8 the sentencing process. Overall I gained a great deal of knowledge and invaluable experience as a consequence of my exposure to the youth criminal justice system at the Youth Courts in downtown Vancouver. Finally, the last area that I wanted to learn more about was policy development. My position with the John Howard Society provided me with front-line exposure to the workings of the Canadian government and its affiliated agencies. Although I did not learn specifics about policy formation, I did work with clients and gained personal experience with what I perceived to be the strengths and weaknesses of Canadian private and government agencies. In turn, I believe that I met and even surpassed many of my work placement goals. I believe that I went beyond my personal expectations because I recognized my passion for social work and for Canadian law. In addition to my learning objectives, I also gained more drive to pursue a career in youth criminal law. 4. Personal Learning Some of the personal learning that I experienced during my work placement dealt with life skills. Through my client interaction I learned a lot about relationships building, the creation of boundaries, and about redefining success. While I worked with many different clients on a daily basis throughout my work term, there were a few clients that I worked steadily with throughout my entire placement with the Society. It was important for me to not pass judgments or to impose my personal values upon these individuals. While I developed relationships with the clients I had to keep in mind that these were working relationships. I learned a lot about creating boundaries with my clients. It was 8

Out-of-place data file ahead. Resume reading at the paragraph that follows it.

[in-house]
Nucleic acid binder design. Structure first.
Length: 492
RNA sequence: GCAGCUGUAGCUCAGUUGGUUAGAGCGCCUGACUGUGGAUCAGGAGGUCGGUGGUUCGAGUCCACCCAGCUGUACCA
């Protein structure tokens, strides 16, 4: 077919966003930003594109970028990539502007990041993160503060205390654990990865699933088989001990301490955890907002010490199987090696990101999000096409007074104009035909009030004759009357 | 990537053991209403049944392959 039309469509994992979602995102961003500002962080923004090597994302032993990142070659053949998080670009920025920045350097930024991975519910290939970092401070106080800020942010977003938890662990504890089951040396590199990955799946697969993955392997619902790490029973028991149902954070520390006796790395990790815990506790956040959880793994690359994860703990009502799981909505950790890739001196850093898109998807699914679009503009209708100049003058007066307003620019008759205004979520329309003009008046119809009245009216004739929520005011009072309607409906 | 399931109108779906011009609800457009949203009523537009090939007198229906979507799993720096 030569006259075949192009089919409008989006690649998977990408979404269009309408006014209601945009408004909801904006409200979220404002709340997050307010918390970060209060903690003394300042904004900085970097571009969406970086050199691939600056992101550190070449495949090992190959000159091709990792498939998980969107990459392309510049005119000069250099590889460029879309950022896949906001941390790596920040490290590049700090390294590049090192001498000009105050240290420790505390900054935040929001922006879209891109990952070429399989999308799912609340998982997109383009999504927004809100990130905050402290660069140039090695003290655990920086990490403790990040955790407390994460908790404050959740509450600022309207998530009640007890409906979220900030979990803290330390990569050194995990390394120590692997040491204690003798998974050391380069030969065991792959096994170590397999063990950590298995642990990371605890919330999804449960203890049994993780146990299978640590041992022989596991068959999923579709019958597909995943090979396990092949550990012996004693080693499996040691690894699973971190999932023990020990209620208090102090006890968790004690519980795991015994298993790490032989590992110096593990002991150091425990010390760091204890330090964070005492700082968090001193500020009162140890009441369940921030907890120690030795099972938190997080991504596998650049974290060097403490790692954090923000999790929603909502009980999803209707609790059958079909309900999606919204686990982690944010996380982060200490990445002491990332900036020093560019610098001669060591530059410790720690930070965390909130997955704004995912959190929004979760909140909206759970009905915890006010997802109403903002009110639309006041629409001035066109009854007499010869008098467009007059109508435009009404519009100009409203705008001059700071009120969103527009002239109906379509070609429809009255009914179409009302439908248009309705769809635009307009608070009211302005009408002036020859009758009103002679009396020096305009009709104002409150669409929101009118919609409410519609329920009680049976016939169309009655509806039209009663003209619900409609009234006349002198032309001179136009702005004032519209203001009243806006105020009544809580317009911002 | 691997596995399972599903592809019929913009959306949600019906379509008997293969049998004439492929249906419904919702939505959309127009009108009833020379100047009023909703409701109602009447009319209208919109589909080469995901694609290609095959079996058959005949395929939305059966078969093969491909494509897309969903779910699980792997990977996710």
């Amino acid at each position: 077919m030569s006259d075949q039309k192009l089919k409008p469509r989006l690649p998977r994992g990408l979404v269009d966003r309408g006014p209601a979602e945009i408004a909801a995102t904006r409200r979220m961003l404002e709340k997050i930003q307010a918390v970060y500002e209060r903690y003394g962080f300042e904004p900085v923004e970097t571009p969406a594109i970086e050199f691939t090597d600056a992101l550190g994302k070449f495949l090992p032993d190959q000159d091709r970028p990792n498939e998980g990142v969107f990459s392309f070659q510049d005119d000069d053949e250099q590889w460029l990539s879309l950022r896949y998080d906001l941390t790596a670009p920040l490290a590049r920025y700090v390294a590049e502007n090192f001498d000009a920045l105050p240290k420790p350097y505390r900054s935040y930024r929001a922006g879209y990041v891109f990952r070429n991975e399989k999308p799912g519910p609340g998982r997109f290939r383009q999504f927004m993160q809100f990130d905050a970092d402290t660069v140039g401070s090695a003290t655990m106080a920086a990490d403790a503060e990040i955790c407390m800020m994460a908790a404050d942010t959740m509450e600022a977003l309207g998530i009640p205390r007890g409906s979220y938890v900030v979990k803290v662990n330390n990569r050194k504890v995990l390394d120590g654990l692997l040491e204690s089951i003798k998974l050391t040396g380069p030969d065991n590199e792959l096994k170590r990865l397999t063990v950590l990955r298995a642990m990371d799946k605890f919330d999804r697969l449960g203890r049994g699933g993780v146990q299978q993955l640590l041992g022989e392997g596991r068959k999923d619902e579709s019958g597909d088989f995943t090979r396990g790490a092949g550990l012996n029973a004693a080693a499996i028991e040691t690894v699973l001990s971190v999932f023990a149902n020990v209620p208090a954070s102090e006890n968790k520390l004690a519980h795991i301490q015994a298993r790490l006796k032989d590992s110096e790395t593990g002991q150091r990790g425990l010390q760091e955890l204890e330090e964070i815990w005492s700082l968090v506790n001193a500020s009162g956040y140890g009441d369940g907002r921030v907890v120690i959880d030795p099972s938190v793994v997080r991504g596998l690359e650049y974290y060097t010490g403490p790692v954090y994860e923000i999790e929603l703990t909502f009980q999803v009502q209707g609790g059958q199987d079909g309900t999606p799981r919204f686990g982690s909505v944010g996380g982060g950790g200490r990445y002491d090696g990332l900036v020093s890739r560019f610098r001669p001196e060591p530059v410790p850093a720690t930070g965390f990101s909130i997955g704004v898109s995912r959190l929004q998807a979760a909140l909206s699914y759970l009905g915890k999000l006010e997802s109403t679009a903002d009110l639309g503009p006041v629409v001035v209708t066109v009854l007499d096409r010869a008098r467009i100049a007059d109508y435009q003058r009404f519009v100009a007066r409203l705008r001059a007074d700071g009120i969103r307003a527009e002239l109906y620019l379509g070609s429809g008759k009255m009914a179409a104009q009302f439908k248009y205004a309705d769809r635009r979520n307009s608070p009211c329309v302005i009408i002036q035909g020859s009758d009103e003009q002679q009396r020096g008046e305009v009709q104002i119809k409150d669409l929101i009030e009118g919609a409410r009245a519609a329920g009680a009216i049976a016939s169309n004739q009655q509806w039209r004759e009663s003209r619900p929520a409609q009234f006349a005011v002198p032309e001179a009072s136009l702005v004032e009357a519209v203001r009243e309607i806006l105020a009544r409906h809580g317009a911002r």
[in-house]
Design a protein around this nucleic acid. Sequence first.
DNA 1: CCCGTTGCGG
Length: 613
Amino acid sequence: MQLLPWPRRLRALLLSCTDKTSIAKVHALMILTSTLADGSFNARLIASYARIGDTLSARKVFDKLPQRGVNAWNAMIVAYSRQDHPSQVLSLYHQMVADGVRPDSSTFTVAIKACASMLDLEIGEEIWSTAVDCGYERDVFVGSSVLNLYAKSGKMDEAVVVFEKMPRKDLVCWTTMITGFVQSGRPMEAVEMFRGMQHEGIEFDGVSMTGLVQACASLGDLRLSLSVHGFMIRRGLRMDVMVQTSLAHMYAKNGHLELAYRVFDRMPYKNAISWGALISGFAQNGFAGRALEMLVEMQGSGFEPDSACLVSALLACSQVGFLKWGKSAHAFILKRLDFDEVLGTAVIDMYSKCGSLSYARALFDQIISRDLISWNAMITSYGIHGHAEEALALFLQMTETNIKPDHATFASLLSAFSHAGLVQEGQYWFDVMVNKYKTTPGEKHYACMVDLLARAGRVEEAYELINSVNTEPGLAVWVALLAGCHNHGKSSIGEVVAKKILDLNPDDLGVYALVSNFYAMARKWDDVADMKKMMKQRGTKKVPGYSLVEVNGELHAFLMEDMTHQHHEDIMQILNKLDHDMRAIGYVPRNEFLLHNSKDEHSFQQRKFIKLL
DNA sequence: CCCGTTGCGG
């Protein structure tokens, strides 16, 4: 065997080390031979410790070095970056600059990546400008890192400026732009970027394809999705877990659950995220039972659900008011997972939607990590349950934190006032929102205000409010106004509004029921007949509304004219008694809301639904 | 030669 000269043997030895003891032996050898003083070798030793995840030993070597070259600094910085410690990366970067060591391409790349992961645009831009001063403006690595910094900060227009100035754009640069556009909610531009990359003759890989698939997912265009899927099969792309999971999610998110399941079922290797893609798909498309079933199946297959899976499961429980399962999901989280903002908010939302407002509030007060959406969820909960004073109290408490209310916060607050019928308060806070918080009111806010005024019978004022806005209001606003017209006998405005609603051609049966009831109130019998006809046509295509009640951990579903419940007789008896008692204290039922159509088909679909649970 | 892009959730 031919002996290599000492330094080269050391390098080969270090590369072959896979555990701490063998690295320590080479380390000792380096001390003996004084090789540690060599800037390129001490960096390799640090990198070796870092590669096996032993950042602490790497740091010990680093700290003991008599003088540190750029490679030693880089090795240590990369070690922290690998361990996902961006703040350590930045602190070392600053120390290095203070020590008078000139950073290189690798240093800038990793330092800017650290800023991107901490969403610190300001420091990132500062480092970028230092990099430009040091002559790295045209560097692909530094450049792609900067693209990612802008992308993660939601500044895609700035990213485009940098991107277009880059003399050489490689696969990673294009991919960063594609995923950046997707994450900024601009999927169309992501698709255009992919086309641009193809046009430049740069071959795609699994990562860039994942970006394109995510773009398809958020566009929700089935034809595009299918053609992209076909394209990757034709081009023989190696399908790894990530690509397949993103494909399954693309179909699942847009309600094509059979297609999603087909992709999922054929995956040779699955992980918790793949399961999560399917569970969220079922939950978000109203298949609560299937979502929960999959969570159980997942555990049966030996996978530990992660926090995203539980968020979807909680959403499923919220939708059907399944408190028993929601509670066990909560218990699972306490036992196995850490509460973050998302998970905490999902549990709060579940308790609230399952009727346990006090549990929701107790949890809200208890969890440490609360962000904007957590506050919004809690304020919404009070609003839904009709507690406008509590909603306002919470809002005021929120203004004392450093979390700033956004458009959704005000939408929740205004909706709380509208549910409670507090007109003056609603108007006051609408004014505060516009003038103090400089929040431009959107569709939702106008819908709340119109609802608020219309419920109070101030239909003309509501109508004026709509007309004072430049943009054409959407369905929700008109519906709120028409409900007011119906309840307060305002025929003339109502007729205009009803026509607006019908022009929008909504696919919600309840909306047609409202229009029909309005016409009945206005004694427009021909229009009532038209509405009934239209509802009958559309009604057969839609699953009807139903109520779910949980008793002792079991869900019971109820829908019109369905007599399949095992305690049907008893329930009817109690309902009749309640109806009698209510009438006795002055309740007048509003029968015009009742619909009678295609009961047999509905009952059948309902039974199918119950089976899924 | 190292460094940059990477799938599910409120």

9 important to not lose sight of the fact that many of the clients had led lives extremely different from my own, and did not necessarily hold similar values as myself. Acknowledging these types of differences amongst the clients was a little difficult for me. I found it challenging to accept that someone I could interact with and help one day could be committing theft or doing drugs the next day. Another area where I experienced personal growth was about the definition of success or what my supervisor refers to as redefining success. What I consider to be an accomplishment is very different from how a client might define a personal success. While many clients have led a life of crime, kicking a drug habit, writing a resume, or gaining contact with a family member after years of separation could be recognized as a major personal success. Overall, I found this personal interaction and personal learning to be amongst the most challenging aspects of my position with the John Howard Society. Another thing that I identified during my work term was that the working world not only includes duties and responsibilities to an employer, it also includes considerable interaction that requires well-developed communication skills and a knowledge of and sometimes a distinction between client, personal and working relationships. 5. Feedback to my Employer My overall sentiment on the coop work term is extremely positive. My duties and role with the agency was clearly outlined during the first couple of weeks with the agency. I think that my supervisor did an outstanding job taking the time to work with me on creating goals and objectives for my placement, and for taking the time to support me on any concerns or questions that I had about my responsibilities. This was particularly evident while I was trying to balance my term s on-going project of re-creating the Community Services resource centre with the on- 9